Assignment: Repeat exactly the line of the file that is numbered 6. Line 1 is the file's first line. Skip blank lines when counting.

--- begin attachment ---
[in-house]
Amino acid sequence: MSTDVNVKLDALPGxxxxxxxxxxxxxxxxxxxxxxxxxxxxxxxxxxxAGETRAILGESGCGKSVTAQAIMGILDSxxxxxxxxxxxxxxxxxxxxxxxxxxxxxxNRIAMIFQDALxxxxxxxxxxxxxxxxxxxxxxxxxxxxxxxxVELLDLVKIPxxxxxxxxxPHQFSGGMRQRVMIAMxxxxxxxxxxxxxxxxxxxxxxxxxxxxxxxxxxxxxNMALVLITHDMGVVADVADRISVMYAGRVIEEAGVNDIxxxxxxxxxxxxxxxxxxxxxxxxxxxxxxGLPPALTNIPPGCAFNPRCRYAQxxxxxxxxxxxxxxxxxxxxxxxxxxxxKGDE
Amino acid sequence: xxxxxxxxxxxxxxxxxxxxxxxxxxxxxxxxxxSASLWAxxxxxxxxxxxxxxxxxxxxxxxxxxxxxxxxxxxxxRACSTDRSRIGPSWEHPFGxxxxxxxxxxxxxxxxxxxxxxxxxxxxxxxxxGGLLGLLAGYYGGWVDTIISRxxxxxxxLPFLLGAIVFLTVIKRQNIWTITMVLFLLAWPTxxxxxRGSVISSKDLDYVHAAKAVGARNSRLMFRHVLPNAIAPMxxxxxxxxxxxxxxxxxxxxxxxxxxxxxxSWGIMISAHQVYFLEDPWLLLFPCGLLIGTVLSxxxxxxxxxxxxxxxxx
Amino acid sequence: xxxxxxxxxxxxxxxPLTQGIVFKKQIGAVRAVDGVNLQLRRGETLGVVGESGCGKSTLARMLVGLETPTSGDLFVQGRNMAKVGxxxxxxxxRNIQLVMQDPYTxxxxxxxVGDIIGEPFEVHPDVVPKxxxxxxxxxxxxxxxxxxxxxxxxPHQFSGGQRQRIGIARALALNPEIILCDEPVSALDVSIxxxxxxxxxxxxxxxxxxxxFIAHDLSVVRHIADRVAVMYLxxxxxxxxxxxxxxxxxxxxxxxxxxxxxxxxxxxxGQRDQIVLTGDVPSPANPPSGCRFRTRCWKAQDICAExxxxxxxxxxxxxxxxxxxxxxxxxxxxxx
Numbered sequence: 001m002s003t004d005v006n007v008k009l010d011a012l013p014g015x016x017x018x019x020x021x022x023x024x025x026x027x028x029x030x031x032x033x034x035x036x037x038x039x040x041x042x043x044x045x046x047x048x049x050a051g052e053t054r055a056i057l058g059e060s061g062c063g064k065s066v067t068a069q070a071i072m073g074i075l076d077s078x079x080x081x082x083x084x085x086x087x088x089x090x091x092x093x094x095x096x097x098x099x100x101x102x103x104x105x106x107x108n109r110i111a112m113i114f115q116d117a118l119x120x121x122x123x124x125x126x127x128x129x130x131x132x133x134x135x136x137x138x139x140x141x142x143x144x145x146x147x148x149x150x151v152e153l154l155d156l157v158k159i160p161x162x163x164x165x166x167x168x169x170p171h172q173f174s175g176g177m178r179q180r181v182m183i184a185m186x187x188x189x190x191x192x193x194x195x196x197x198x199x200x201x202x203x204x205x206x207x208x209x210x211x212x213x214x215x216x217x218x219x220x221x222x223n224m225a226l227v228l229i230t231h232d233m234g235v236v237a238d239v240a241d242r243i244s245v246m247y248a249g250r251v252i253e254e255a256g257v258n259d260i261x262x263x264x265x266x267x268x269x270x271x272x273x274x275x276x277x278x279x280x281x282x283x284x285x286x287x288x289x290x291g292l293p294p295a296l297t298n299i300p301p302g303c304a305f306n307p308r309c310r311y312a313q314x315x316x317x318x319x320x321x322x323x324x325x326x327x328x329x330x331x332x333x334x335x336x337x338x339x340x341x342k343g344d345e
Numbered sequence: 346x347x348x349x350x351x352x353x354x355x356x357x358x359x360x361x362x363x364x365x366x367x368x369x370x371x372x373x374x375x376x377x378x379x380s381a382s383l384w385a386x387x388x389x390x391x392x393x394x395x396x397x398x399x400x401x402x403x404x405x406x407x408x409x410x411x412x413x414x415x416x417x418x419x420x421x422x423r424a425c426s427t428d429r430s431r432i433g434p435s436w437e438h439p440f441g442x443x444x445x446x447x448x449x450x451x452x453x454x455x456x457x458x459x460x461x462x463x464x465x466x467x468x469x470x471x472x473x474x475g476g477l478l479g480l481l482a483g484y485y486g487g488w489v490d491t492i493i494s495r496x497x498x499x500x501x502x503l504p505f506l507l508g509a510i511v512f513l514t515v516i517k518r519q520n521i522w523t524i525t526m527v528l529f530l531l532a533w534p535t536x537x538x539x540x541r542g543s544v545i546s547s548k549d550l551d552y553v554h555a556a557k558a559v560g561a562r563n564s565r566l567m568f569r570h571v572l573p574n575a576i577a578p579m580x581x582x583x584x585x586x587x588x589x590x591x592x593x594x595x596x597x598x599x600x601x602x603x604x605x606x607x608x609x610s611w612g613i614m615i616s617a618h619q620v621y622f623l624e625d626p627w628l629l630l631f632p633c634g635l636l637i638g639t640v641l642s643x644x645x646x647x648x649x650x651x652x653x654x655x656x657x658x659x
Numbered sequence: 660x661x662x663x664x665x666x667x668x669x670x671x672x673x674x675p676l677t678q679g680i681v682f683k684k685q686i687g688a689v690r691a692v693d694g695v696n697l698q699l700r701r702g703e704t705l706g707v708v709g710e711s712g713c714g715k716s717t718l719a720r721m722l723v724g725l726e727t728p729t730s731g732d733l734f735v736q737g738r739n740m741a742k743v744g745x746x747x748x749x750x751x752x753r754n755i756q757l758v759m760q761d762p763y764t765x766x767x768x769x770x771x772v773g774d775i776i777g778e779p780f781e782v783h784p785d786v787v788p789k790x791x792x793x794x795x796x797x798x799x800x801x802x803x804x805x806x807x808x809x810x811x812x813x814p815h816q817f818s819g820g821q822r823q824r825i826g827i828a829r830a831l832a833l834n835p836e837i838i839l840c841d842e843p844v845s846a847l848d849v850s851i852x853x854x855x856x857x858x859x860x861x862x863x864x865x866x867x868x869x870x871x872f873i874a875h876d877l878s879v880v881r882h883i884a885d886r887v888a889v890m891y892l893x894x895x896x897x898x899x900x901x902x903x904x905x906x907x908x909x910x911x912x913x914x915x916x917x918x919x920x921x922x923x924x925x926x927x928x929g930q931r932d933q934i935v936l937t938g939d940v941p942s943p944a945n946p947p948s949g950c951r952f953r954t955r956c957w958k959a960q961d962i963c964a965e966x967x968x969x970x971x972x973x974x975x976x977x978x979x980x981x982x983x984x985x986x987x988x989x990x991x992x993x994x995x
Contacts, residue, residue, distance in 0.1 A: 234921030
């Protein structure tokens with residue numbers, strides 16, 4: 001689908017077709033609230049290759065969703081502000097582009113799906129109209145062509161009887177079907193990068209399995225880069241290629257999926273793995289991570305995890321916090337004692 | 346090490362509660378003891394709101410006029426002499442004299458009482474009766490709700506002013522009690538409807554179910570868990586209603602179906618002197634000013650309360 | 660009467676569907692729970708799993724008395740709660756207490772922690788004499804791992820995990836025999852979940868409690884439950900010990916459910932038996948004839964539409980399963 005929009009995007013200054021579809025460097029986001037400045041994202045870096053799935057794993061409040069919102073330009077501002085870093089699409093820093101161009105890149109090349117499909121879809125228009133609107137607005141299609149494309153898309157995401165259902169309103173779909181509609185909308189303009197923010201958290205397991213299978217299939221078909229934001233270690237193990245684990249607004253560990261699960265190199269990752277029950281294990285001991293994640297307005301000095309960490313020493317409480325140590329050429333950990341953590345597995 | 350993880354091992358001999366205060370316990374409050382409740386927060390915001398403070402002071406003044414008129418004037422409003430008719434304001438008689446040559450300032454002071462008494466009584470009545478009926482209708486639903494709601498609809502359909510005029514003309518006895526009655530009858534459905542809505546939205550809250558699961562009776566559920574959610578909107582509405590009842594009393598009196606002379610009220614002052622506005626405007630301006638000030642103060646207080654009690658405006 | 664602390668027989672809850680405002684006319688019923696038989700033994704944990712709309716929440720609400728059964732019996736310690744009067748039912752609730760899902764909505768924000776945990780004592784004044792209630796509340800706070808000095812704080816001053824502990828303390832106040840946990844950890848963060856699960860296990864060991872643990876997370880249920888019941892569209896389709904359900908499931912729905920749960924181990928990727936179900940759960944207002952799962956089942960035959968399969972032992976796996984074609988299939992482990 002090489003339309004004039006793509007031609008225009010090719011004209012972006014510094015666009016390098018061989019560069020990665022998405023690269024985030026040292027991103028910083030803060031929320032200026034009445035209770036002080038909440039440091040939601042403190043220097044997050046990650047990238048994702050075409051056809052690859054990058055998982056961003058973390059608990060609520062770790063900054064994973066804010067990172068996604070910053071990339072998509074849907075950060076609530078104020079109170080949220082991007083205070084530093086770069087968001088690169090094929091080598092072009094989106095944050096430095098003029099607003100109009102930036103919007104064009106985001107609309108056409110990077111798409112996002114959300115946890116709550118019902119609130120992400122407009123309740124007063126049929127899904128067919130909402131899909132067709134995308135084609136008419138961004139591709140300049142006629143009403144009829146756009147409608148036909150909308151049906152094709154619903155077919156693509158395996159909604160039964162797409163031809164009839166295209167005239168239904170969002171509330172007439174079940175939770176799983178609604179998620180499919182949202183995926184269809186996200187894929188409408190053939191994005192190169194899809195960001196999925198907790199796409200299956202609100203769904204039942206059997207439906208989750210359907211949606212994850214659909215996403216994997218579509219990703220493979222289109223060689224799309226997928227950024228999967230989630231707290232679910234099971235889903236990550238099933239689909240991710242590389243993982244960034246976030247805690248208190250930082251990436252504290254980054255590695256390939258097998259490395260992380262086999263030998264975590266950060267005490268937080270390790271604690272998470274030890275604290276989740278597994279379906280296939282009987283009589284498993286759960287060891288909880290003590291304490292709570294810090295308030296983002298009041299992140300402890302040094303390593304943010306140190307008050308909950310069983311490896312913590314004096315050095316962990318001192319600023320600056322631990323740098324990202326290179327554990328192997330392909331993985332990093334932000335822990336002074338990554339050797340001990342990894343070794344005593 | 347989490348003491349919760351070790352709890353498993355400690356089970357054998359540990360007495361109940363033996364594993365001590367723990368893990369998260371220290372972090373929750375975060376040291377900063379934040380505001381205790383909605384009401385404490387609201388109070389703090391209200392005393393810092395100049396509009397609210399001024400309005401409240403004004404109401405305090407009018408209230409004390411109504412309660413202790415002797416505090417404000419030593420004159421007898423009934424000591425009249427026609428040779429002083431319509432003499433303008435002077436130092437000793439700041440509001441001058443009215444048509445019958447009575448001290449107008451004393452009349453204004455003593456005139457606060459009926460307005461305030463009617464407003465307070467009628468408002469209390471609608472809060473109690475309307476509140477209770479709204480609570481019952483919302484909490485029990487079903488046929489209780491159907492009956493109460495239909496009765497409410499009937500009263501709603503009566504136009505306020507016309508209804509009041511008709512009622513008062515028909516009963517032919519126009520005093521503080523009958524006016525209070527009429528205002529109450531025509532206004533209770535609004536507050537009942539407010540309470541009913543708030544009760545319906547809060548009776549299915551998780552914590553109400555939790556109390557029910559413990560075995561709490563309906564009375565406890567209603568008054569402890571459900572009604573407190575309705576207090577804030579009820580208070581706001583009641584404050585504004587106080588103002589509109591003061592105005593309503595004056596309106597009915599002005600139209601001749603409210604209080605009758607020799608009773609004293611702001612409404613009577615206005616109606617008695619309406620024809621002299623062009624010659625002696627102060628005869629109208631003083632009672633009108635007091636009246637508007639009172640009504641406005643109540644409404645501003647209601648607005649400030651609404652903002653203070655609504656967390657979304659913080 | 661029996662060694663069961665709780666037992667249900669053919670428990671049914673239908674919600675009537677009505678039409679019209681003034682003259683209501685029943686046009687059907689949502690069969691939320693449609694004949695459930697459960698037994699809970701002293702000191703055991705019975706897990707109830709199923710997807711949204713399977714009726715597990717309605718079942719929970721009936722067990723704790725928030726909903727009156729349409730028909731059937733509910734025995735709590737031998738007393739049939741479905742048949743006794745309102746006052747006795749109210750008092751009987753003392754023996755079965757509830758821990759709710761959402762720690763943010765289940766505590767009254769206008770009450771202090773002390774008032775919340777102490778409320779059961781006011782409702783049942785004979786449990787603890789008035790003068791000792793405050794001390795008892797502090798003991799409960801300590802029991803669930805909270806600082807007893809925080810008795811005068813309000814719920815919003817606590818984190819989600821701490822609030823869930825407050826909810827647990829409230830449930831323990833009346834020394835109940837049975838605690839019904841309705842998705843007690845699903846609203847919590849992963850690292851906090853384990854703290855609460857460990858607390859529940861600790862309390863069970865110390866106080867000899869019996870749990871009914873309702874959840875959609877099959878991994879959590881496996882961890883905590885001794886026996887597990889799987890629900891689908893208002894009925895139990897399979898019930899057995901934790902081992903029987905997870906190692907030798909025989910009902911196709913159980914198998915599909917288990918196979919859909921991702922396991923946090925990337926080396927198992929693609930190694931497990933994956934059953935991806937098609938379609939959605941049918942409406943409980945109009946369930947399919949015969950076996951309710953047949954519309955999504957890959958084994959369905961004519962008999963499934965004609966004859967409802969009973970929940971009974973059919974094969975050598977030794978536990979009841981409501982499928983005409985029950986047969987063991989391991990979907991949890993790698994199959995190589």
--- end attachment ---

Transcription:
Numbered sequence: 346x347x348x349x350x351x352x353x354x355x356x357x358x359x360x361x362x363x364x365x366x367x368x369x370x371x372x373x374x375x376x377x378x379x380s381a382s383l384w385a386x387x388x389x390x391x392x393x394x395x396x397x398x399x400x401x402x403x404x405x406x407x408x409x410x411x412x413x414x415x416x417x418x419x420x421x422x423r424a425c426s427t428d429r430s431r432i433g434p435s436w437e438h439p440f441g442x443x444x445x446x447x448x449x450x451x452x453x454x455x456x457x458x459x460x461x462x463x464x465x466x467x468x469x470x471x472x473x474x475g476g477l478l479g480l481l482a483g484y485y486g487g488w489v490d491t492i493i494s495r496x497x498x499x500x501x502x503l504p505f506l507l508g509a510i511v512f513l514t515v516i517k518r519q520n521i522w523t524i525t526m527v528l529f530l531l532a533w534p535t536x537x538x539x540x541r542g543s544v545i546s547s548k549d550l551d552y553v554h555a556a557k558a559v560g561a562r563n564s565r566l567m568f569r570h571v572l573p574n575a576i577a578p579m580x581x582x583x584x585x586x587x588x589x590x591x592x593x594x595x596x597x598x599x600x601x602x603x604x605x606x607x608x609x610s611w612g613i614m615i616s617a618h619q620v621y622f623l624e625d626p627w628l629l630l631f632p633c634g635l636l637i638g639t640v641l642s643x644x645x646x647x648x649x650x651x652x653x654x655x656x657x658x659x